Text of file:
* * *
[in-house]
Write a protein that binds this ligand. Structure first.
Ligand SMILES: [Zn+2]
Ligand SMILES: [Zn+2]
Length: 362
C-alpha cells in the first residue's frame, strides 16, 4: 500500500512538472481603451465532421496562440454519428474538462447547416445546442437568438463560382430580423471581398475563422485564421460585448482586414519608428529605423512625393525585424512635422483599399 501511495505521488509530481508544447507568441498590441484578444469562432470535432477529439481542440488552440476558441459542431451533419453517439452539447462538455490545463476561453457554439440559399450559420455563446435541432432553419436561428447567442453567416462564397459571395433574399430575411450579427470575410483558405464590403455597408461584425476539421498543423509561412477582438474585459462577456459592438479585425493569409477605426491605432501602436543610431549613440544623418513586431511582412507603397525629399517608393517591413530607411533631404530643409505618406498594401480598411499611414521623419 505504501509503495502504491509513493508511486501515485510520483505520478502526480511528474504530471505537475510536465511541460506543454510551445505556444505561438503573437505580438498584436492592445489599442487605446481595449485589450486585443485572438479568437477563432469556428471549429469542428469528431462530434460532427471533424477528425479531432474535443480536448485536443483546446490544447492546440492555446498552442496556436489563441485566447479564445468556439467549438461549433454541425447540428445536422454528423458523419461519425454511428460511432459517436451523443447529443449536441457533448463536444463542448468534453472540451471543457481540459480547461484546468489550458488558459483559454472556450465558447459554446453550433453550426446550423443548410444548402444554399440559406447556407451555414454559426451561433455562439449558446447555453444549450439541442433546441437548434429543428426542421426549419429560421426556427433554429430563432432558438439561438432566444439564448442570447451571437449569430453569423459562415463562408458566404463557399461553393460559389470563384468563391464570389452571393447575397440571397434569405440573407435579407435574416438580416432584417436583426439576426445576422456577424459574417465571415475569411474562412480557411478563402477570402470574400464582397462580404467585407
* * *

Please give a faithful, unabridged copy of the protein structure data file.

[in-house]
Write a protein that binds this ligand. Structure first.
Ligand SMILES: [Zn+2]
Ligand SMILES: [Zn+2]
Length: 362
C-alpha cells in the first residue's frame, strides 16, 4: 500500500512538472481603451465532421496562440454519428474538462447547416445546442437568438463560382430580423471581398475563422485564421460585448482586414519608428529605423512625393525585424512635422483599399 501511495505521488509530481508544447507568441498590441484578444469562432470535432477529439481542440488552440476558441459542431451533419453517439452539447462538455490545463476561453457554439440559399450559420455563446435541432432553419436561428447567442453567416462564397459571395433574399430575411450579427470575410483558405464590403455597408461584425476539421498543423509561412477582438474585459462577456459592438479585425493569409477605426491605432501602436543610431549613440544623418513586431511582412507603397525629399517608393517591413530607411533631404530643409505618406498594401480598411499611414521623419 505504501509503495502504491509513493508511486501515485510520483505520478502526480511528474504530471505537475510536465511541460506543454510551445505556444505561438503573437505580438498584436492592445489599442487605446481595449485589450486585443485572438479568437477563432469556428471549429469542428469528431462530434460532427471533424477528425479531432474535443480536448485536443483546446490544447492546440492555446498552442496556436489563441485566447479564445468556439467549438461549433454541425447540428445536422454528423458523419461519425454511428460511432459517436451523443447529443449536441457533448463536444463542448468534453472540451471543457481540459480547461484546468489550458488558459483559454472556450465558447459554446453550433453550426446550423443548410444548402444554399440559406447556407451555414454559426451561433455562439449558446447555453444549450439541442433546441437548434429543428426542421426549419429560421426556427433554429430563432432558438439561438432566444439564448442570447451571437449569430453569423459562415463562408458566404463557399461553393460559389470563384468563391464570389452571393447575397440571397434569405440573407435579407435574416438580416432584417436583426439576426445576422456577424459574417465571415475569411474562412480557411478563402477570402470574400464582397462580404467585407